Solomon Thomas made his summer practice debut Saturday and came up with one of the highlights of practice. It was another big day for speedy receiver Marquise Goodwin, who has a chance to be the team’s breakout player this year, and for a couple of Trent Baalke draft picks. The former general manager tends to get slammed a lot (including in this space) but he always had a nose for cornerbacks, which could benefit the 49ers this year.
First Thomas, who didn’t start out on the third-team defense as predicted but on the second team. He played both left defensive end on base downs and defensive tackle on nickel snaps. That’s where he was lining up when he batted down a pass at the line of scrimmage from Matt Barkley. Thomas’ insertion into the second-team defense knocked Ronald Blair to the third-team unit.
Here’s how the units now shape on base downs from left to right:
First-team: Tank Carradine (big end), Earl Mitchell (NT), DeForst Buckner (DT), Arik Armstead (Leo)
Second-team: Thomas, Quinton Dial, Chris Jones, Aaron Lynch.
Elvis Dumervil goes into the game on nickel downs. He got past tackle John Theus Saturday for what would have been a sack. Dumervil said he was looking forward to the first padded practice on Sunday. He noted that the 49ers’ top two tackles, Joe Staley and Trent Brown, give defensive linemen like him an excellent chance to hone their skills against not just two great pass protectors but against tackles with different strengths and techniques.
Goodwin had the longest catch and run of the day on a broken coverage out of the slot. Brian Hoyer found him all alone about 20 yards down field, the free safety was on the other side of the field and nobody could catch him before he reached the end zone. Because it was a broken coverage, it was hard to say who was at fault.
The best catch of the day — of the spring and summer, in fact — came courtesy of rookie tight end George Kittle. He was covered well by Reuben Foster in the flat and the quarterback had to loft the pass high to put it over the linebacker. The throw was nearly out of Kittle’s reach, too, but he put one hand up, twisted in the air and while falling he was able to secure the one-handed grab against his body. An official was a few feet away and correctly ruled it a catch.
Rookie Trent Taylor continues to be prolific, mostly on short, underneath throws but also on a longer pass down the middle on which fellow rookie Nick Mullens put just enough air under the pass to get above leaping strong safety Chanceller James.
Receiver Aaron Burbridge also had a deep catch down the sideline while Pierre Garcon made a nice, stretching grab while coming out of his break.
The defensive backs, however, also had their moments, especially Rashard Robinson and Will Redmond, who are entering their second seasons. Robinson had blanket coverage down one sideline on a long incompletion to Goodwin and did the same to Jeremy Kerley on the opposite sideline when the offense was going in the other direction.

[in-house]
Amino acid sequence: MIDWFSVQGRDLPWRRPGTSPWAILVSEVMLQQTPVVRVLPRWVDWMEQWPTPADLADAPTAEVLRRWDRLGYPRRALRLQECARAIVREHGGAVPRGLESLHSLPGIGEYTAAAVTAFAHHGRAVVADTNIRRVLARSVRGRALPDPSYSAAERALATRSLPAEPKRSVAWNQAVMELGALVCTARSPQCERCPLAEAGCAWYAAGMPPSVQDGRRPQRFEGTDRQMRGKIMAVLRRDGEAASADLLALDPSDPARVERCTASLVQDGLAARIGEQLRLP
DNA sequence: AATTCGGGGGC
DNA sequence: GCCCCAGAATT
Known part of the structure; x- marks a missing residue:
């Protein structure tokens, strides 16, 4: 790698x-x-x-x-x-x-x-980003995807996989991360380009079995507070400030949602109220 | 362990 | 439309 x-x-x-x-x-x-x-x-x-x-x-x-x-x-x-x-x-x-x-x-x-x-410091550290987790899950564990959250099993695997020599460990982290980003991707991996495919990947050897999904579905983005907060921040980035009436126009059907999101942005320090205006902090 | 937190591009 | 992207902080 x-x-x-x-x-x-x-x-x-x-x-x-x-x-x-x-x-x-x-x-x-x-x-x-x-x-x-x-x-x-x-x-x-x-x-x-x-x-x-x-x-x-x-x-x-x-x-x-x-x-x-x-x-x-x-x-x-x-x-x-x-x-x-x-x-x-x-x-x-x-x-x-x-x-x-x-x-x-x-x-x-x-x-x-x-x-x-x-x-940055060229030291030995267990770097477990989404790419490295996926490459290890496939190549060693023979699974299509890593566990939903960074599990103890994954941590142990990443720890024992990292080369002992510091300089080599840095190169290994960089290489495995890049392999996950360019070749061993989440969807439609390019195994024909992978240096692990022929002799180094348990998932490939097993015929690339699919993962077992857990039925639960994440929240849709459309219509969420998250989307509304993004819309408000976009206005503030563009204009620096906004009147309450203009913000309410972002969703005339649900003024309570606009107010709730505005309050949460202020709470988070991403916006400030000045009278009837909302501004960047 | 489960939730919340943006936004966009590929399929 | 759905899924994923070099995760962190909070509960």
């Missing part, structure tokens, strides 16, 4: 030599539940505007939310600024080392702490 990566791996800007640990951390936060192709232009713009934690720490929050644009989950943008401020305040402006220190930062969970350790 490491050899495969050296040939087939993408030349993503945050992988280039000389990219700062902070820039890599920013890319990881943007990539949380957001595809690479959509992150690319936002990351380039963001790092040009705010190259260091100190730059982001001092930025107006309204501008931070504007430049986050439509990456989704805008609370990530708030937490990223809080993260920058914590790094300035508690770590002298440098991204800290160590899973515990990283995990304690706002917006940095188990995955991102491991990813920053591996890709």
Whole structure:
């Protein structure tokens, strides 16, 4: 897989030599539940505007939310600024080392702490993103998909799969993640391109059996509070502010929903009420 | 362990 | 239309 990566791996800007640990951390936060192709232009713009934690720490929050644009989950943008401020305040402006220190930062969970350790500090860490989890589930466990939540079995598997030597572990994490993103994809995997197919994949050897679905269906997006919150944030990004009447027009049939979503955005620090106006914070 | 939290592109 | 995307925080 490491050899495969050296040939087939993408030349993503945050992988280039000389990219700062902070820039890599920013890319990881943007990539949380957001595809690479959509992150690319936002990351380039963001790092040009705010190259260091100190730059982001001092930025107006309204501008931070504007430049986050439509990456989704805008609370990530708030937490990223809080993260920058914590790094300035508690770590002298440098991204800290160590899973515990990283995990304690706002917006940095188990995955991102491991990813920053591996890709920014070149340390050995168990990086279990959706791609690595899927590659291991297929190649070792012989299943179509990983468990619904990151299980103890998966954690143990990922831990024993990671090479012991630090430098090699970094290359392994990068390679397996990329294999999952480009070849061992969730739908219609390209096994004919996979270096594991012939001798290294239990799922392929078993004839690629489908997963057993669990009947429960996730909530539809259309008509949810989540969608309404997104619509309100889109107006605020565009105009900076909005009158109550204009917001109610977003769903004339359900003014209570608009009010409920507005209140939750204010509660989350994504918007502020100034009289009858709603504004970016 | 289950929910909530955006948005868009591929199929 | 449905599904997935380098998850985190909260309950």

Redmond, meanwhile, looks stronger and more confident then he did in the spring. (He spent his rookie season last year recovering from an ACL tear). He broke up two passes to slot receiver Bruce Ellington and also recovered a fumble. Redmond is playing with the second-team defense and is trying to overtake K’Waun Williams to be the top nickel cornerback.
Robinson is a near lock for one of the outside cornerback spots. On Friday Dontae Johnson took most of the reps opposite him; on Saturday Keith Reaser took most of the snaps. Rookie Ahkello Witherspoon continues to work with the second-team defense.
Meanwhile, undrafted safety Lorenzo Jerome came up with another interception, the fourth in practices that have been open to reporters. It seemed as if Barkley was trying to sail a pass out of bounds or where no one but his receiver could catch it. Jerome, however, cruised over from the seam and grabbed the ball before going out of bounds. (There was some dispute among sideline observers about whether he got two feet down, but the official on the scene ruled it an interception).
There are no depth charts during training camp. But you can sniff out the hierarchy at certain spots by looking at the order at which players take repetitions during drills. At running back, it goes like this: Carlos Hyde, Tim Hightower, Kapri Bibbs, Joe Williams, Matt Breida and Raheem Mostert. (Mostert likely is last because he was injured for much of the spring).
Fullback Tyler McCloskey also gets snaps. But on Saturday at least the other fullback, Kyle Juszczyk, worked with the tight ends.
There are a lot of different compositions for the offensive line. The two main ones appear to be:
First team: LT Joe Staley, LG Joshua Garnett, C Daniel Kilgore, RG Brandon Fusco, RT Trent Brown
Second team: LT John Theus, LG Zane Beadles, C Jeremy Zuttah, RG Norman Price, RT Garry Gilliam.
A rookie offensive lineman, John Flynn, went down with what looked like a knee injury. He was walking around after practice. Receiver B.J. Johnson III’s injury from Friday turned out to be a hamstring, Kyle Shanahan said.